Arguments against the sustainability of mud architecture

“Everything is mined from the earth. Even the silica for glass is mined. But most construction materials are altered. When you change the natural material into something else, it requires a lot of energy. So to make concrete, for example, you need cement which is also partly made from elements in the earth. You use coal to burn it and you use a lot of energy to transform it. But materials like lime and mud are naturally occurring, and you can use it without altering it. So when it decomposes, it doesn’t cause any environmental problems when it goes back to the earth. It’s not just about building, it’s about building sensibly.” 

Sustainable architecture by Masons Ink Studio. Photograph Credits – Masons Ink Studio

3. Masons Ink Studio, Bangalore 

Masons Ink Studio, founded by Rosie Paul and Sreedevi Changali is a ‘people’ oriented design and construction firm. With a strong foot on Research and Development, they are humanitarians striving to promote sustainable architecture and innovative use of natural materials. 

Rosie Paul and Sreedevi Changali on 

Earth architecture in India in comparison with the world

“The beauty of mud is also the versatility of it – this is proved in the vast use of this material in the vernacular language worldwide. The different techniques employed in earthen construction helps it respond to different climates, contexts and cultures. India is a country with varied geographies and cultures are fortunate to find a wide array of both quaint and grandiose earthen architecture that boasts of a vast array of construction nuances and textural palettes.”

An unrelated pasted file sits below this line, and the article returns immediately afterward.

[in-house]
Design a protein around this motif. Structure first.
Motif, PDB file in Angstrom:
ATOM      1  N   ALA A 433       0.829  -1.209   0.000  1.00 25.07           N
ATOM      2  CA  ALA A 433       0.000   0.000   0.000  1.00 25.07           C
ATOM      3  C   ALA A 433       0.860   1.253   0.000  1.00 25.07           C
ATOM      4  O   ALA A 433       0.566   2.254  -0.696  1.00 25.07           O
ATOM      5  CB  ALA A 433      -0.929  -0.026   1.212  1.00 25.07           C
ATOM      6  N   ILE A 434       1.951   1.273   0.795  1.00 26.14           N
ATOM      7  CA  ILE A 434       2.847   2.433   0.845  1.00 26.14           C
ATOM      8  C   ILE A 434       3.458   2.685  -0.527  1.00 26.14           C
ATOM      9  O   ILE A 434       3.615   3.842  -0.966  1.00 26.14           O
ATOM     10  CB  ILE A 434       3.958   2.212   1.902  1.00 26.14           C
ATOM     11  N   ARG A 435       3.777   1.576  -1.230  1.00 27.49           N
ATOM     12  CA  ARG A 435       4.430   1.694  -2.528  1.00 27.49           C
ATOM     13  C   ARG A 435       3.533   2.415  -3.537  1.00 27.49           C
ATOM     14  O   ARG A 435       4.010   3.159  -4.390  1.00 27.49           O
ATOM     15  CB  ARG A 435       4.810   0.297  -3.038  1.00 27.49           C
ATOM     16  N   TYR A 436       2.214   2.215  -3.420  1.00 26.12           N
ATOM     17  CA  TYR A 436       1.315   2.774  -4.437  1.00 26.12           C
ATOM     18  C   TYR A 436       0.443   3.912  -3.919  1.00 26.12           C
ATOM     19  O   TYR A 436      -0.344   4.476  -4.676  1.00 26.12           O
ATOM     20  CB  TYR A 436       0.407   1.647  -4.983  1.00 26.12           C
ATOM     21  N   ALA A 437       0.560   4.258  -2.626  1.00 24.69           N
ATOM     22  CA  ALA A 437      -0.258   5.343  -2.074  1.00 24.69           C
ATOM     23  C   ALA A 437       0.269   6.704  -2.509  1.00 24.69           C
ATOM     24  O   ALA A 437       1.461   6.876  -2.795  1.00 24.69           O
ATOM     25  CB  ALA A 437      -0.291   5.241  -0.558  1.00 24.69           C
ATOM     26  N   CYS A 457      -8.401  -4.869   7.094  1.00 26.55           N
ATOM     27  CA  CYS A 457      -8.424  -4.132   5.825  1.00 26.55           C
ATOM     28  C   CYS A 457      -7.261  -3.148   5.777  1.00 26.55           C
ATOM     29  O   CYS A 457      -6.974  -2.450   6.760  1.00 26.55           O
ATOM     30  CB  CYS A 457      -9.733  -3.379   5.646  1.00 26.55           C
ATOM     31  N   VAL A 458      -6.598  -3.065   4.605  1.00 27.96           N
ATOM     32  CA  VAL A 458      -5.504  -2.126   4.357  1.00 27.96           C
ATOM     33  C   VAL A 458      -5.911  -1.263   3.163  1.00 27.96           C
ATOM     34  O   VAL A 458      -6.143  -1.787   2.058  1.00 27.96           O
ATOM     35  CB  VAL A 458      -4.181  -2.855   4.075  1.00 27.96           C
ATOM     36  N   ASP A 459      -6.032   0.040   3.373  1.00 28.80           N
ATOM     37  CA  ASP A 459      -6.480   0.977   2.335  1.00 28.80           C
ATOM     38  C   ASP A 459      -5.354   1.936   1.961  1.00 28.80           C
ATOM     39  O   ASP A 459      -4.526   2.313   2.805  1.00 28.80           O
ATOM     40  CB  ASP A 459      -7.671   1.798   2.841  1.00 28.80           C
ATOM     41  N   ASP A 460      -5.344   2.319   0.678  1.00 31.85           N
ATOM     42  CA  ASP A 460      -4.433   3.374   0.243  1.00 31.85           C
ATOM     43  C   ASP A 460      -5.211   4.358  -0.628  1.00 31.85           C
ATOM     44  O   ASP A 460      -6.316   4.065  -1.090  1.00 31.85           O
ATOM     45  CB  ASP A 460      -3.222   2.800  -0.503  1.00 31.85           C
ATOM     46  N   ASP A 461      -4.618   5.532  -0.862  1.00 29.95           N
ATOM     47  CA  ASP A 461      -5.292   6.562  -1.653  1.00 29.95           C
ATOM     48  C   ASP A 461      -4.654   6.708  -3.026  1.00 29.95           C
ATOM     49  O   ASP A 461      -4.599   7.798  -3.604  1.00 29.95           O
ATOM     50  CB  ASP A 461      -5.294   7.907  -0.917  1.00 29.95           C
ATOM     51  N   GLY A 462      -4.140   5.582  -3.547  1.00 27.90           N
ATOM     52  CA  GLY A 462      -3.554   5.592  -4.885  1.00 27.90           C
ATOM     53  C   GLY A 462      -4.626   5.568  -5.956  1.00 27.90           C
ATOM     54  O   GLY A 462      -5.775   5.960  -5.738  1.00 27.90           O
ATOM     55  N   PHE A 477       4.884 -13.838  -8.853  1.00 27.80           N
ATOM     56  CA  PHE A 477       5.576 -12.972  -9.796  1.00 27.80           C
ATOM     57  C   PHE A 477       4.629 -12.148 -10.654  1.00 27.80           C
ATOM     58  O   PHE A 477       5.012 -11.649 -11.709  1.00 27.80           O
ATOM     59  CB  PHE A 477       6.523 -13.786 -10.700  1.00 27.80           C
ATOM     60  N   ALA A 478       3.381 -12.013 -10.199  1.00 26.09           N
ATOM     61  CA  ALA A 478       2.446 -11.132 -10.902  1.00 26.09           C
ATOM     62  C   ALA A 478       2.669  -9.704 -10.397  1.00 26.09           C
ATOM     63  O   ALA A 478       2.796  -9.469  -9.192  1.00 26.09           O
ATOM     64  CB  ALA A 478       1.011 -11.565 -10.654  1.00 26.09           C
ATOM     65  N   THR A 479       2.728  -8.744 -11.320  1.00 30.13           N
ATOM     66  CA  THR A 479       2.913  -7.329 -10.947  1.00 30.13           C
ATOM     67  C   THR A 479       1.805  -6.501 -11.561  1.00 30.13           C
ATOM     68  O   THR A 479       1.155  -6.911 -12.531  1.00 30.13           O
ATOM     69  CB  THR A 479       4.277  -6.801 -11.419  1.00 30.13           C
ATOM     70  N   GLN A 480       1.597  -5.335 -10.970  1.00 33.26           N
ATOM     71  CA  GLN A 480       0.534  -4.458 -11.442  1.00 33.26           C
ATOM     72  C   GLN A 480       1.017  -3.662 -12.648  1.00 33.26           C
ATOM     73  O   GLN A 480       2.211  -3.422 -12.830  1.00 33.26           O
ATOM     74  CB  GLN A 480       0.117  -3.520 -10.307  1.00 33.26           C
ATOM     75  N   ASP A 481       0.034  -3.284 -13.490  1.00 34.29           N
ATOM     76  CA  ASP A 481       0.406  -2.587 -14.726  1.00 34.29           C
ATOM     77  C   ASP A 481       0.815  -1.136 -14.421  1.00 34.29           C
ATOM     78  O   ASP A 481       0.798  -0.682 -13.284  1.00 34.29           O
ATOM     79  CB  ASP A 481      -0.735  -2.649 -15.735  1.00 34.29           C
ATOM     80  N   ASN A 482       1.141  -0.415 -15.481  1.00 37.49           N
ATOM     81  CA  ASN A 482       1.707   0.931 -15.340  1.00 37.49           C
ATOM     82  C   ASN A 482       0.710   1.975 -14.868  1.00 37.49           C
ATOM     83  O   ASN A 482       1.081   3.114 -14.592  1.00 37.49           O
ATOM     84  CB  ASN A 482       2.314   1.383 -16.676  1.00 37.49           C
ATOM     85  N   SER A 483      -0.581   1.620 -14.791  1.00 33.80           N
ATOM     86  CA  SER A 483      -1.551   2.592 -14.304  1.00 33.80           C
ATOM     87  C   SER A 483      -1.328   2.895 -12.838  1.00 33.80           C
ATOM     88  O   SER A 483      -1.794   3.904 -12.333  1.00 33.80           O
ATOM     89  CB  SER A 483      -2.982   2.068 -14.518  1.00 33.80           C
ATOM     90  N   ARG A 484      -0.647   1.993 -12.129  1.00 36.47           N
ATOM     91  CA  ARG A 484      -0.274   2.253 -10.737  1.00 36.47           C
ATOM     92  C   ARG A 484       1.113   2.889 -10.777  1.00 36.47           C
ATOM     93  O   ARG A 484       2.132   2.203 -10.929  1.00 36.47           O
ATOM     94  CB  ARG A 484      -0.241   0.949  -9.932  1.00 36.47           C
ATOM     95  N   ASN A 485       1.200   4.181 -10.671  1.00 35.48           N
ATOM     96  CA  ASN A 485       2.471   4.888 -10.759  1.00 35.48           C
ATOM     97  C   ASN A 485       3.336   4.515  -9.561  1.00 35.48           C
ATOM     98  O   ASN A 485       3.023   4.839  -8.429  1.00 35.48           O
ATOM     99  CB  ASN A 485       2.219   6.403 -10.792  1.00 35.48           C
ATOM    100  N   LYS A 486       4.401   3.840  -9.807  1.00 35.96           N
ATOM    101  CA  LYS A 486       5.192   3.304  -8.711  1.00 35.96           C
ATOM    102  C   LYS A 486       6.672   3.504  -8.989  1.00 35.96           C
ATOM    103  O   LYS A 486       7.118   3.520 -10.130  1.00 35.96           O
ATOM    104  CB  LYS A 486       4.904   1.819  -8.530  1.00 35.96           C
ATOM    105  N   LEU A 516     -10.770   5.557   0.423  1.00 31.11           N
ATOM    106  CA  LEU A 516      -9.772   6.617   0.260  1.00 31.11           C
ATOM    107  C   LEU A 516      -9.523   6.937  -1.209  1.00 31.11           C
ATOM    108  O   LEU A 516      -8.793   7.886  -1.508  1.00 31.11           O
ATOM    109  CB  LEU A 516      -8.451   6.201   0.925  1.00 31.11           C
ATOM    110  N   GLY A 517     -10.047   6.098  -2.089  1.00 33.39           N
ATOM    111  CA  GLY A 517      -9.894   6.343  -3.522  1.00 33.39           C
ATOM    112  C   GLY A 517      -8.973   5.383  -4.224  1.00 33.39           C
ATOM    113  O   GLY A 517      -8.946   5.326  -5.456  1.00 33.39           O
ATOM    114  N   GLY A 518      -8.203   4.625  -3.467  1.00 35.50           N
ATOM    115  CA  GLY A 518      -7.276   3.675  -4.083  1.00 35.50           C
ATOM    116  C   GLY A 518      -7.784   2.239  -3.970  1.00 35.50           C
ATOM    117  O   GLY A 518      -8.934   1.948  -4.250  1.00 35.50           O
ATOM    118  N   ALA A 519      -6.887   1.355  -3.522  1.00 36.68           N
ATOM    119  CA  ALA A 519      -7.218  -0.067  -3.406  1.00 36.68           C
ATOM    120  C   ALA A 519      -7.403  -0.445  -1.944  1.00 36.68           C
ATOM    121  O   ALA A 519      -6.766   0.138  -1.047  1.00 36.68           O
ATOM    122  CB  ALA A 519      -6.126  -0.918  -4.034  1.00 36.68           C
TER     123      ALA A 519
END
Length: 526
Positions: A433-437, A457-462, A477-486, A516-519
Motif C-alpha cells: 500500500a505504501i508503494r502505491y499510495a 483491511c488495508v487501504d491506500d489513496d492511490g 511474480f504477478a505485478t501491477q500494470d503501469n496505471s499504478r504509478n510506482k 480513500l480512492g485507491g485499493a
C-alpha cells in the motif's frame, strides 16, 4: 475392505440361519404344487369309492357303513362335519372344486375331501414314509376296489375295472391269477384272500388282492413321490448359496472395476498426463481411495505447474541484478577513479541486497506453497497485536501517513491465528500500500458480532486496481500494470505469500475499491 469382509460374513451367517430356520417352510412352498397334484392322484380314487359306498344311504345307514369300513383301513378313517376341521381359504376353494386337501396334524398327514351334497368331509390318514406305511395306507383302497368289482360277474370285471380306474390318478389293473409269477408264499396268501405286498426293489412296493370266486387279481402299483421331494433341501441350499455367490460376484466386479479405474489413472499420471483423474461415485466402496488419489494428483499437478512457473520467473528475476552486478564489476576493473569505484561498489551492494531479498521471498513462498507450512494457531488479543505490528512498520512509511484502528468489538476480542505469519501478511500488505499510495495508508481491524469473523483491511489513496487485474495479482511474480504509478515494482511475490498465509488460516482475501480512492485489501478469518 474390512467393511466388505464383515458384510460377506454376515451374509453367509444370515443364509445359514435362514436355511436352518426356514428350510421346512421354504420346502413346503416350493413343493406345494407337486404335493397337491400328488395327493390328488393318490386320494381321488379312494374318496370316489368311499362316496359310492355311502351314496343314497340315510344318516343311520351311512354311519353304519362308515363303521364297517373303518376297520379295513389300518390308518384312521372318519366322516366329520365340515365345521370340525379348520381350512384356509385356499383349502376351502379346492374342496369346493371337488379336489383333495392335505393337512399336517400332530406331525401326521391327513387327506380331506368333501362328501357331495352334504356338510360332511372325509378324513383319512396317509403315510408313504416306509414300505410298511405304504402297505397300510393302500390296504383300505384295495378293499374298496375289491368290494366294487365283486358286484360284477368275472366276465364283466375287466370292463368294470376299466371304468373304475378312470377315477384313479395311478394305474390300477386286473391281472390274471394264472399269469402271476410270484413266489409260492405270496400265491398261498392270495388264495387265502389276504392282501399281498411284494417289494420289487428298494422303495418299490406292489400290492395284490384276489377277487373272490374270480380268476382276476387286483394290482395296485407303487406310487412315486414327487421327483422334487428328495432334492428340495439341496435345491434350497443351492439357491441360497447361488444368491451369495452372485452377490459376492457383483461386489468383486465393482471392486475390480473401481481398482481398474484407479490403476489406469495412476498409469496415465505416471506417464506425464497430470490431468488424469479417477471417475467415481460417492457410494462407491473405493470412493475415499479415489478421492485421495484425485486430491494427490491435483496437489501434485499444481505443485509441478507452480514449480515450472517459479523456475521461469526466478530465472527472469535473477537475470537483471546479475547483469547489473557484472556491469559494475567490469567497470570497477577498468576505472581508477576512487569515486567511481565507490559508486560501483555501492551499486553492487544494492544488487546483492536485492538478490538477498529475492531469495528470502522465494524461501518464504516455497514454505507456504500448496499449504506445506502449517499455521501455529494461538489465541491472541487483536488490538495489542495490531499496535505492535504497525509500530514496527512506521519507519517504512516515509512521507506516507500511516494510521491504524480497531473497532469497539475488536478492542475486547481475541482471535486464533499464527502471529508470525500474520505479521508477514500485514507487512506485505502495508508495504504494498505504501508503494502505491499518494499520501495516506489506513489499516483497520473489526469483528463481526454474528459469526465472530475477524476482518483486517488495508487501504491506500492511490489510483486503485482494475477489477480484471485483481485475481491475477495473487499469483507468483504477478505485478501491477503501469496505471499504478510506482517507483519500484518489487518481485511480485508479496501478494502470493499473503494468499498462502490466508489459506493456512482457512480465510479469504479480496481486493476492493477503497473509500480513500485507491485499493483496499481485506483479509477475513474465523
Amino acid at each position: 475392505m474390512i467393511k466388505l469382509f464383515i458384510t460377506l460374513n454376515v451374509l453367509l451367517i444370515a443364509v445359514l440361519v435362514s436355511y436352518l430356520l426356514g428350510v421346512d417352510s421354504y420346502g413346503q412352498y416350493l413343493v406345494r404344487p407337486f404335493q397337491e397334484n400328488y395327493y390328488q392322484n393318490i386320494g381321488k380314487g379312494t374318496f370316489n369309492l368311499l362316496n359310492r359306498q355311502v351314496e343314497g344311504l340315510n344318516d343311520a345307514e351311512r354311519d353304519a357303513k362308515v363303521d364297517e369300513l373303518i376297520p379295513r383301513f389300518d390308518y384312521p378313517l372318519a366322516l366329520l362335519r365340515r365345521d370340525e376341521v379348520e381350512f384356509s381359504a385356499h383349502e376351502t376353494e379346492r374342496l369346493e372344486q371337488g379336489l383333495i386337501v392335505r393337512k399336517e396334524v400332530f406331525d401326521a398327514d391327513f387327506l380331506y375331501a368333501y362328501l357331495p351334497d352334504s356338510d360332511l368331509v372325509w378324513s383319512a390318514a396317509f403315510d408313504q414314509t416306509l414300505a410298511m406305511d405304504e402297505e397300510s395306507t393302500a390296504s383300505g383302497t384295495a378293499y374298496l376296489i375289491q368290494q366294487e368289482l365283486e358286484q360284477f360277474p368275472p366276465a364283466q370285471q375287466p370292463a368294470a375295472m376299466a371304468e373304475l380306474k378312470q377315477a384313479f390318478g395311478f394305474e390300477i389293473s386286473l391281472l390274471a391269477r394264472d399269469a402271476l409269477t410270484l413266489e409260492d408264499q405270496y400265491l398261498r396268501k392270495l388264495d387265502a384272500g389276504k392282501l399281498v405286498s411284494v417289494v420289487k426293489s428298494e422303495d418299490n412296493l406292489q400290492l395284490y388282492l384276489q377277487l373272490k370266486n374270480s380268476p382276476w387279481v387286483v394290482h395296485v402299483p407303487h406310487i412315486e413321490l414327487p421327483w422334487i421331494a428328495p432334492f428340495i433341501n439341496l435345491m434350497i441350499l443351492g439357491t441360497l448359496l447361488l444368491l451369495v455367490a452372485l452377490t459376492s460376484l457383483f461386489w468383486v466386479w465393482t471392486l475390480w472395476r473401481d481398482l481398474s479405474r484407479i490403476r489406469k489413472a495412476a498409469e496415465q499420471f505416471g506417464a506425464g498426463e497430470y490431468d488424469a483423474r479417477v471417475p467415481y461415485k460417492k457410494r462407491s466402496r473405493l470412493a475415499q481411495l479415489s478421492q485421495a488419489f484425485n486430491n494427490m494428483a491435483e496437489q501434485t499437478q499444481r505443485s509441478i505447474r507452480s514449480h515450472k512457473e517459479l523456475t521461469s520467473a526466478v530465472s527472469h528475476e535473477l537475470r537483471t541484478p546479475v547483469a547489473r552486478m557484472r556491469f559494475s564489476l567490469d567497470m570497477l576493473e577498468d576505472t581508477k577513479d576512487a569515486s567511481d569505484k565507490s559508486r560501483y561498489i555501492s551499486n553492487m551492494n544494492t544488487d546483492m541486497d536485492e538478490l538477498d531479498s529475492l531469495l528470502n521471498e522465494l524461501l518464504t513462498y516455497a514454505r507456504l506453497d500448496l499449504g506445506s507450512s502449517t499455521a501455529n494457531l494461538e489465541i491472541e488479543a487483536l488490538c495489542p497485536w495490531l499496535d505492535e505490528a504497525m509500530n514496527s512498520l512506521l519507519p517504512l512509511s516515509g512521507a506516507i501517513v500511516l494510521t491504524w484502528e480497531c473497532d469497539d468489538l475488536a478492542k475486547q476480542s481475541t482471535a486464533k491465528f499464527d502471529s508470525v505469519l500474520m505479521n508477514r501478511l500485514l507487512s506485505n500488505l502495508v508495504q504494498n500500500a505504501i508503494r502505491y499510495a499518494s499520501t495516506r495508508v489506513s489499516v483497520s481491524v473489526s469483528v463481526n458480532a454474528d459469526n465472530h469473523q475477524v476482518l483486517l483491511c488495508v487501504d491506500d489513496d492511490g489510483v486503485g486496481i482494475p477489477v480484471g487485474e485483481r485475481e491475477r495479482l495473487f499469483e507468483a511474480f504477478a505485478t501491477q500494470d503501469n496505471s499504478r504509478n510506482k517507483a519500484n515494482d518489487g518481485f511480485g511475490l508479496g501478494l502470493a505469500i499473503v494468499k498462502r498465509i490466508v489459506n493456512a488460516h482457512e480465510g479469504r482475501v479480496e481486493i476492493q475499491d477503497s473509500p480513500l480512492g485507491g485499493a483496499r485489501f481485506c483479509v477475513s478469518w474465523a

Earth interior by Masons Ink Studio. Photograph Credits –Masons Ink Studio

The relevance of earth architecture as India moves towards rapid modernisation

“The construction industry is one of the most polluting industries in the world and India is a country guaranteed to see a large amount of development in the coming years. It is crucial that we look into greener and cleaner construction materials. Mud is one such material that is durable, natural and non-toxic, and that has proved itself time and time again. It has seen numerous innovations in order to respond to the challenges of today including prefabrications and 3d printing.”

Architecture by Dustudio. Photograph Credits – Dustudio

4. Dustudio, Auroville

Dustudio is an interdisciplinary architectural studio based in Auroville. Started by Dharmesh Jadeja, the studio focuses on strengthening the traditional Indian construction by understanding, developing and innovating with locally available materials around the context of environmental and social impacts.

Dharmesh Jadeja on – 

What inspired his use of mud in architecture 

“I come from the Saurashtra region of Gujarat, and all over Saurashtra, there are cities and monuments built with local stones and traditional resources. I have lived in and seen these technologies, survive the test of time, withstand disasters and adapt to generations of families. The wood and earth architecture of the Bhal region of Gujarat, the houses and mansions of all scales, was fascinating in my growing years; not to speak of their environmental adaptiveness. The regional adaptations and their integral quality of being adaptive to several religions and lifestyles were a fascinating learning experience. 

So when I came to Auroville in the early 90s, I wanted to centre my work around its context, local skills and traditions – earth architecture being one in Southern India.” 

On the consumerist culture 

“Nothing we are consuming, the mindless consumerism and completely non-conscious lifestyles, are sustainable; even in the short term. We have seen that the most resilient systems are our traditional systems; be it food, shelter, clothing, transport, etc. We have to step back and think again, be humble to our environment and earth, and learn from our past mistakes over 5 to 6 decades of mindless consumption-based growth. We have to learn to live, simplify, localise and learn to be humble, in all possible ways.”